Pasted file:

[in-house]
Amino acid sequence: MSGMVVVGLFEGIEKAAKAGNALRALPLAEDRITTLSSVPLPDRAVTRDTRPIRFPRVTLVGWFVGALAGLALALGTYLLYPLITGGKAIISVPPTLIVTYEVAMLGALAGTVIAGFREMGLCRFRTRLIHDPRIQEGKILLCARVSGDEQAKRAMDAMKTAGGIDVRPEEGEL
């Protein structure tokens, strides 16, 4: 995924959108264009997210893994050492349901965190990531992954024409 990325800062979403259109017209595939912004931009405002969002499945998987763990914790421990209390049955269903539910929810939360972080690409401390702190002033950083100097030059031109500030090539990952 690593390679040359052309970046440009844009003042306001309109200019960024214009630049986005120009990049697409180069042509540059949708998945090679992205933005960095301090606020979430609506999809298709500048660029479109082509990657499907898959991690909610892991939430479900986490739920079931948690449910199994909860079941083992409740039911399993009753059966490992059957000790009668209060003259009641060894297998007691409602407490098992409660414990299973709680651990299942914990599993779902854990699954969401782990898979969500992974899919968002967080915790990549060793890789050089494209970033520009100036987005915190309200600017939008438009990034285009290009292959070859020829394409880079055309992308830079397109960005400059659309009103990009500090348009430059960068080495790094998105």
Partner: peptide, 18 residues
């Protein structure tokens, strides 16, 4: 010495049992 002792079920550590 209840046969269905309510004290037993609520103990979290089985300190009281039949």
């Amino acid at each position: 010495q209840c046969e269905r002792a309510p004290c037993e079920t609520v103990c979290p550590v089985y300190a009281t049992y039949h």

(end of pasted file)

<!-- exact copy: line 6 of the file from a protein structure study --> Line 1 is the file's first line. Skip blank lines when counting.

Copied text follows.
């Amino acid at each position: 010495q209840c046969e269905r002792a309510p004290c037993e079920t609520v103990c979290p550590v089985y300190a009281t049992y039949h």